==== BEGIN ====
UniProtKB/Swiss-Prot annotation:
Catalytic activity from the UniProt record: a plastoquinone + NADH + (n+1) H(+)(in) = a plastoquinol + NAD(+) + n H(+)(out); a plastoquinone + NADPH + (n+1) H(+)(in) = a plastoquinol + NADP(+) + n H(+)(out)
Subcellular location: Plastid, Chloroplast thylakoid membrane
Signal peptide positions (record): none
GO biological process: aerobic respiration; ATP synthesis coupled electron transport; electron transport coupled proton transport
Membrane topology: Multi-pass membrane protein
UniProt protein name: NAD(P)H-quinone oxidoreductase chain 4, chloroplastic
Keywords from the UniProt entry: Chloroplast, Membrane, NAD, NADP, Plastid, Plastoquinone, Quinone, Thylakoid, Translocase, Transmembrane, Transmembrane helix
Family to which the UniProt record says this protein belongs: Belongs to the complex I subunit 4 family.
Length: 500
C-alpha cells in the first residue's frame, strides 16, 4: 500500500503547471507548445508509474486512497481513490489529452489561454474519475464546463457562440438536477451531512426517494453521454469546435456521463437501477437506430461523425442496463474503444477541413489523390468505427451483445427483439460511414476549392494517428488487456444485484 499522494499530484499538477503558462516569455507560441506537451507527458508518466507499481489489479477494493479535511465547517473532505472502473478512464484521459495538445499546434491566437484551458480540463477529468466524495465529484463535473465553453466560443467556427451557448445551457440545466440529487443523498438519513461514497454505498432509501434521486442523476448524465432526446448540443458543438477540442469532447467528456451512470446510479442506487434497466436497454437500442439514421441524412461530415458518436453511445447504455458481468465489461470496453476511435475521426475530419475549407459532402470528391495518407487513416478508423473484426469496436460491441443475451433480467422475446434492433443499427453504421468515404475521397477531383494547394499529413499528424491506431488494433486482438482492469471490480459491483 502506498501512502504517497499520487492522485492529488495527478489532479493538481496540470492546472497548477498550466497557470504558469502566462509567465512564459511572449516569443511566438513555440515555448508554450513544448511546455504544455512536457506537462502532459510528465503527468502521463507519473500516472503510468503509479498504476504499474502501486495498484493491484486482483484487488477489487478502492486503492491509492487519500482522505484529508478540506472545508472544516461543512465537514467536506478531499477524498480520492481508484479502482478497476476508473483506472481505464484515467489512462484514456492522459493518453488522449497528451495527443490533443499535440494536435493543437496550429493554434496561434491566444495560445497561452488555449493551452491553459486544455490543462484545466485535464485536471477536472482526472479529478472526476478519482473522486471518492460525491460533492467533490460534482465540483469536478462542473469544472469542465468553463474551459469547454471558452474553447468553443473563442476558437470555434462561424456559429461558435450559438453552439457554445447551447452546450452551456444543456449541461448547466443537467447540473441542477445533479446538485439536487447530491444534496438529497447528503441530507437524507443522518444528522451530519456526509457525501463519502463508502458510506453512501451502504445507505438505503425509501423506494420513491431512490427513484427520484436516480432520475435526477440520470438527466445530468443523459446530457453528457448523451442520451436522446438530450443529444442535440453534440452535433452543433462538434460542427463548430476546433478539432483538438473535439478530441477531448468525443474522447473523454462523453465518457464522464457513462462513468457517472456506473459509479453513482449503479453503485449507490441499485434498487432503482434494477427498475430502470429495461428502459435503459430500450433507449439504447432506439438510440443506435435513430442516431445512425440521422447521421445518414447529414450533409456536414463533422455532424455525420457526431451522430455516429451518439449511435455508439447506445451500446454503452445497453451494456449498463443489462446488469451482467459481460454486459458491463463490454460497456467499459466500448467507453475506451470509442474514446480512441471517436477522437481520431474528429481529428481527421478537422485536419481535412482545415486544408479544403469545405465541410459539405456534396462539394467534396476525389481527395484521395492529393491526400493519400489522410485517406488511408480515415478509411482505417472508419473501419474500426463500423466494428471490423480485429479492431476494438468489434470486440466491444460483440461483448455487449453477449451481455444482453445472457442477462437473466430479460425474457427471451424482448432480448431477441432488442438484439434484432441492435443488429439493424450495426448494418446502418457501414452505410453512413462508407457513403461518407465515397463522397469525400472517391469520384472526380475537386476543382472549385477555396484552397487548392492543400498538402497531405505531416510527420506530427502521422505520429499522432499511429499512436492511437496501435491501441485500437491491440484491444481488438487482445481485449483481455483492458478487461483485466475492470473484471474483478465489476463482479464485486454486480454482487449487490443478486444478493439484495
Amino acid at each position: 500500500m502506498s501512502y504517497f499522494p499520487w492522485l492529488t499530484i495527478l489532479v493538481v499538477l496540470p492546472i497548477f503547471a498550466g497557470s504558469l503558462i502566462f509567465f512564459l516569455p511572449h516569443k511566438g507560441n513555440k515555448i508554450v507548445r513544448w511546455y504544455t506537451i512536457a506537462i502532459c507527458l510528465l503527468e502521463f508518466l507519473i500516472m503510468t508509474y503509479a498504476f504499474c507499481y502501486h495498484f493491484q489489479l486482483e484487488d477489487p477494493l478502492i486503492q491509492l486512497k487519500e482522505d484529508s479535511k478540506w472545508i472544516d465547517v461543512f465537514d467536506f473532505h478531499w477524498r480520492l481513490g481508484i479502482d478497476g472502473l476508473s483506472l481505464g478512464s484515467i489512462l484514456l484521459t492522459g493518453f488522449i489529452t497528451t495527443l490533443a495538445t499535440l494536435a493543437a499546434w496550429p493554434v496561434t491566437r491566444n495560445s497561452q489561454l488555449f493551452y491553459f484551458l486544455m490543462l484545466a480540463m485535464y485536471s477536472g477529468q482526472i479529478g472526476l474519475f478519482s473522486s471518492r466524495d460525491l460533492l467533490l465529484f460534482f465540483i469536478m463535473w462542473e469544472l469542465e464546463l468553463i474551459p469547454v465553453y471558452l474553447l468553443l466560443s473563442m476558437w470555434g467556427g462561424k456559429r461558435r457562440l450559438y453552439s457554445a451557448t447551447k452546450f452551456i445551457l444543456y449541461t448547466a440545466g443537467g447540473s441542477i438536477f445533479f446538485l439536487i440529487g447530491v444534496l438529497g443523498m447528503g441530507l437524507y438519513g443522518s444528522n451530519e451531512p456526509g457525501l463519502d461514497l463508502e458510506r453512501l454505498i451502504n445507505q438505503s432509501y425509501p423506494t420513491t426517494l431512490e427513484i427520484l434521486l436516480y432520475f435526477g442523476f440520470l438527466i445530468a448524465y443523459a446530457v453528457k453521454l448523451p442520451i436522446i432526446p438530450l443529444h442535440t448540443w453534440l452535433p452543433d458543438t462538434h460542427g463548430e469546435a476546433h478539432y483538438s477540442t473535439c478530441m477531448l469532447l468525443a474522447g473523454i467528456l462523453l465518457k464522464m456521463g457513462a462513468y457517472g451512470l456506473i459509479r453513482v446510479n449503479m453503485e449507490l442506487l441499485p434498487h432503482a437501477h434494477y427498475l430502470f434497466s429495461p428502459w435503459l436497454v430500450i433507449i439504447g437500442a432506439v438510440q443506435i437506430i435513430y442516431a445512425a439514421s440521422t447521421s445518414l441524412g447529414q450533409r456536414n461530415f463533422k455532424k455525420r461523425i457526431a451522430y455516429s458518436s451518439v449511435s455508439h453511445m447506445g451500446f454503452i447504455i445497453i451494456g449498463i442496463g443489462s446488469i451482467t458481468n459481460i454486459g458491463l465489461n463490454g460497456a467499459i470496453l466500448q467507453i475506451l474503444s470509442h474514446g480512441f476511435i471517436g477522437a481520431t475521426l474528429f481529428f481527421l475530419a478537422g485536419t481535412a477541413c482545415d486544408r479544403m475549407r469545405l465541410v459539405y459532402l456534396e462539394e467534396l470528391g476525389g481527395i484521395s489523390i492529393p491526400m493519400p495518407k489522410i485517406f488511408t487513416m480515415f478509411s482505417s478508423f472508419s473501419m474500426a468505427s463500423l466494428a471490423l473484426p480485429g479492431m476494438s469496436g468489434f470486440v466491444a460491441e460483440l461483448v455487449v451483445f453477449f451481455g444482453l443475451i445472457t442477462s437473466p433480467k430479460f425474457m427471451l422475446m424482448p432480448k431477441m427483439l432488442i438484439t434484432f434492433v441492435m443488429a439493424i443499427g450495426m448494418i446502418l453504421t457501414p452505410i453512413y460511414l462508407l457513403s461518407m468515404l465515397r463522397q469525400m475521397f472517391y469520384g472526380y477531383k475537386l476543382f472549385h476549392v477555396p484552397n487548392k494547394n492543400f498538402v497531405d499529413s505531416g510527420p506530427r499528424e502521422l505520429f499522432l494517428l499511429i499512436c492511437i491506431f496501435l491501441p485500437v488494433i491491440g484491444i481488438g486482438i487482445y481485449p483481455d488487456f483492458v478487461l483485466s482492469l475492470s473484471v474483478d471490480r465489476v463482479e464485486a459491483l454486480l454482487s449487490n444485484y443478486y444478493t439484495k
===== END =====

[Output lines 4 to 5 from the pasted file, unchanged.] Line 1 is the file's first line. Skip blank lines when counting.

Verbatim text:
Signal peptide positions (record): none
GO biological process: aerobic respiration; ATP synthesis coupled electron transport; electron transport coupled proton transport